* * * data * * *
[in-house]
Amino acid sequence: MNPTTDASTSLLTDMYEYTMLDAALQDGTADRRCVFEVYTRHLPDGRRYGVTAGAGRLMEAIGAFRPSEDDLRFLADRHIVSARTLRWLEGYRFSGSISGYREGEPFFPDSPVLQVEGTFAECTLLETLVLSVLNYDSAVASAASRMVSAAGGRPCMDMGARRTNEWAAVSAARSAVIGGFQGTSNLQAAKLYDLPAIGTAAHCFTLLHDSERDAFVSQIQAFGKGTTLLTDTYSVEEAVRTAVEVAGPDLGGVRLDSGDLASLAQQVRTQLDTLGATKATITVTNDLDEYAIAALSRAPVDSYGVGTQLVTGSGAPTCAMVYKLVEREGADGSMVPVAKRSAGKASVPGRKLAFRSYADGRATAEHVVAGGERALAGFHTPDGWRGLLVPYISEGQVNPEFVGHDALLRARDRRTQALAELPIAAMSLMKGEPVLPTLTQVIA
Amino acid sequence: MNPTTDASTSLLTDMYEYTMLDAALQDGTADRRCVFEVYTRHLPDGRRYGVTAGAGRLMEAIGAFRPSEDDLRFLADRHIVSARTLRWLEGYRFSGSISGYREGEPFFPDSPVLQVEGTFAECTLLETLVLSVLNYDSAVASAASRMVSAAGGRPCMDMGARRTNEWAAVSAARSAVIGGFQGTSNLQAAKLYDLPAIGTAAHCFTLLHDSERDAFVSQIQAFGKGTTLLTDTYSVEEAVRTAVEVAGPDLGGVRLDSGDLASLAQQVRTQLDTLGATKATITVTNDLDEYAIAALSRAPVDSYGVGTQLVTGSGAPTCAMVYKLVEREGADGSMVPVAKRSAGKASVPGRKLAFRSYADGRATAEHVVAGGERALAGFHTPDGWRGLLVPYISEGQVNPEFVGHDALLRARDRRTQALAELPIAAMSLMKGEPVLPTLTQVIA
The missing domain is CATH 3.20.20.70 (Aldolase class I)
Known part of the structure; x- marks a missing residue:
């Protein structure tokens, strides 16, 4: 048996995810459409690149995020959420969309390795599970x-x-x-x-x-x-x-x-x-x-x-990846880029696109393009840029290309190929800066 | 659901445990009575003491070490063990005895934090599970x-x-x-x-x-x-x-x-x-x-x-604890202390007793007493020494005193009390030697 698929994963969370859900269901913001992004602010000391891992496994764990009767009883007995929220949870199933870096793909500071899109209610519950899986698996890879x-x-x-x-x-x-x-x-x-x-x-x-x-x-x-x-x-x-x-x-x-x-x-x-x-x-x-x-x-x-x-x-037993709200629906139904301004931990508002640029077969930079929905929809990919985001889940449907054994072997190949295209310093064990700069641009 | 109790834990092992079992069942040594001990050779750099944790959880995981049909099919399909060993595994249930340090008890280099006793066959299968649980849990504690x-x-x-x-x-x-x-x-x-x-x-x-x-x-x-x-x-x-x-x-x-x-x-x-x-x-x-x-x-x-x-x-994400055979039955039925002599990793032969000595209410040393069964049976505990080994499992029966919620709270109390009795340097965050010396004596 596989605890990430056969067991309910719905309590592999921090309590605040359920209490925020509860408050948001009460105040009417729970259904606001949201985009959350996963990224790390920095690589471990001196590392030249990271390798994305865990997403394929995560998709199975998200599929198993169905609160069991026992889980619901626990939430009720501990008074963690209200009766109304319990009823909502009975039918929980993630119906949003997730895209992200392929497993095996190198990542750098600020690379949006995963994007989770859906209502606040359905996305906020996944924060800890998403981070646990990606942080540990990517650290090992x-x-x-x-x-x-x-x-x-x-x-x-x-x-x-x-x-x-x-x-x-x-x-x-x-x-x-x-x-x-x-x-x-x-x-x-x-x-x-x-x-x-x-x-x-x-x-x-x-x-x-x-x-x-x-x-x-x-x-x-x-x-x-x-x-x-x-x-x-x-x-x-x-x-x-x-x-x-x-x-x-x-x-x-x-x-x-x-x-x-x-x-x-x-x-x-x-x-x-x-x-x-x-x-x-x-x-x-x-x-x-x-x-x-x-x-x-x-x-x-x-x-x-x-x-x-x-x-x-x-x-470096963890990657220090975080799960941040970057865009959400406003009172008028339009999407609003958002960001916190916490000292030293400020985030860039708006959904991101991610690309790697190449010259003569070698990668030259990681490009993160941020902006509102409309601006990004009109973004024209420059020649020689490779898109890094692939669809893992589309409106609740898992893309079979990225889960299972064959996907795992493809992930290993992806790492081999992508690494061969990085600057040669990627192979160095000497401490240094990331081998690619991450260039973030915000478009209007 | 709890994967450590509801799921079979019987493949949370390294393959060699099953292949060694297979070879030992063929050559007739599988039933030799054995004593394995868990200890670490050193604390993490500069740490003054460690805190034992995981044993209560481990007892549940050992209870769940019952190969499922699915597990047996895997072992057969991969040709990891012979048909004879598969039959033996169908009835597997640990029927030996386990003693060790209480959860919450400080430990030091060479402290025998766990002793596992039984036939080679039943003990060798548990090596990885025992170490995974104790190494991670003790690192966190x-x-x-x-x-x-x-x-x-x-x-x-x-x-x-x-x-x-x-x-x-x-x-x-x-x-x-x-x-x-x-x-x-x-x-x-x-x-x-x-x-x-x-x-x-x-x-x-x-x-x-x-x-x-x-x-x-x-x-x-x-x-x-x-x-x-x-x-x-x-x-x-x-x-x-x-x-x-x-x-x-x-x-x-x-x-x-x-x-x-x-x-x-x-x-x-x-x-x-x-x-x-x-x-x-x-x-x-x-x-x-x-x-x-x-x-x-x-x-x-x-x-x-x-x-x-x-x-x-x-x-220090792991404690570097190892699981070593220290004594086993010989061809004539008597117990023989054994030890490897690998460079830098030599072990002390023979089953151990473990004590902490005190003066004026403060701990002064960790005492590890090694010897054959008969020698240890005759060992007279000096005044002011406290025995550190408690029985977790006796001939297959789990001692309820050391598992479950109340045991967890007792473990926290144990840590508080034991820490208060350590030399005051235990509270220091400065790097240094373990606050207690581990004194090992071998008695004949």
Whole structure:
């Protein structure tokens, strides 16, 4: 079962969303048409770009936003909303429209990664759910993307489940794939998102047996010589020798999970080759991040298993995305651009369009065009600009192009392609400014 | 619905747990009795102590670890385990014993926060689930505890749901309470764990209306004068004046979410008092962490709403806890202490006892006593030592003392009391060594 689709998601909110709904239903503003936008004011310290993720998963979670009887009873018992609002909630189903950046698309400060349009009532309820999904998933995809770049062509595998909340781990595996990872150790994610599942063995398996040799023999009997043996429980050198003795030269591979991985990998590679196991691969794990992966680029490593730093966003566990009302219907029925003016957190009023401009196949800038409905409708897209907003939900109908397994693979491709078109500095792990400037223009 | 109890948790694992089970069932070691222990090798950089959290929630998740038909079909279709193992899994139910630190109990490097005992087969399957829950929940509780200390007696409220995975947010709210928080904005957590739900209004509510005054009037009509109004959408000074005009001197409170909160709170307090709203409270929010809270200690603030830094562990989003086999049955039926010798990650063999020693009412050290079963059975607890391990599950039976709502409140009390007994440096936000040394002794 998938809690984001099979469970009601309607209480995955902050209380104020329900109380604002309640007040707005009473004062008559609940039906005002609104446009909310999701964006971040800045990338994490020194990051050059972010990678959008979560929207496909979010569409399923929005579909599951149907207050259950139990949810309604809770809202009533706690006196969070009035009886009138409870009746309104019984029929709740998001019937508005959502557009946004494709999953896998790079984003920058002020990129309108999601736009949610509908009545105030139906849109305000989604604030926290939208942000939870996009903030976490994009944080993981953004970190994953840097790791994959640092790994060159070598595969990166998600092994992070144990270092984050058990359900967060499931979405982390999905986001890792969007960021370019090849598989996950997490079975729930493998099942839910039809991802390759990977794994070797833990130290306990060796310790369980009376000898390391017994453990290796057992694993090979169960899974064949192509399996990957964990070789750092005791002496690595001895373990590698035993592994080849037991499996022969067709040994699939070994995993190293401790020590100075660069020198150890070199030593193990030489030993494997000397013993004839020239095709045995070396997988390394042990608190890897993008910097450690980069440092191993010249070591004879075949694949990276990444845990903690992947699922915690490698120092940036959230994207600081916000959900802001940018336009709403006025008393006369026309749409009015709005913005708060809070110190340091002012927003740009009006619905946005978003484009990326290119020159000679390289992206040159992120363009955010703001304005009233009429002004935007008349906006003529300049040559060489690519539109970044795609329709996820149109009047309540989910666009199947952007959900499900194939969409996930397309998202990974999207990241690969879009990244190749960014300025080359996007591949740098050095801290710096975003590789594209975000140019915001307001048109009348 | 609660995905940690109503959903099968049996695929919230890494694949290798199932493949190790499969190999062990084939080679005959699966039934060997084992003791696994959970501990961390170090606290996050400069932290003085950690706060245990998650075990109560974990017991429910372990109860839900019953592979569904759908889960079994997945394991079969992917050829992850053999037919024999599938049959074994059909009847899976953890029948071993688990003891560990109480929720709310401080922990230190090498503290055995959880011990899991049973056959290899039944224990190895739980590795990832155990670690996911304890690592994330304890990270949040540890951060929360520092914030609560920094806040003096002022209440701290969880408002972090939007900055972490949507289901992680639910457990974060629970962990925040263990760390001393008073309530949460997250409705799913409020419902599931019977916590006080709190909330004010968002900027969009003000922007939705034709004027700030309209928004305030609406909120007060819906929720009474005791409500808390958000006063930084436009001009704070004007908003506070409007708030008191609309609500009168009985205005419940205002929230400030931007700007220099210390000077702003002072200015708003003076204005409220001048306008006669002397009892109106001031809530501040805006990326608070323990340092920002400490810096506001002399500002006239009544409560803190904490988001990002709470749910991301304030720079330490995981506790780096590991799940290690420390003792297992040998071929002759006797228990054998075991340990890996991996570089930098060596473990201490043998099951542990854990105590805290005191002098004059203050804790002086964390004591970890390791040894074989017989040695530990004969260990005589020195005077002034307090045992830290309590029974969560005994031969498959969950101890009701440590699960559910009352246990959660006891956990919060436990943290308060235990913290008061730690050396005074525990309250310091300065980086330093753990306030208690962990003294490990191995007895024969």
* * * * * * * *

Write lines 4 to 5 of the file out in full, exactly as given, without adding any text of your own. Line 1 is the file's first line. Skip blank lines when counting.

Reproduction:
The missing domain is CATH 3.20.20.70 (Aldolase class I)
Known part of the structure; x- marks a missing residue: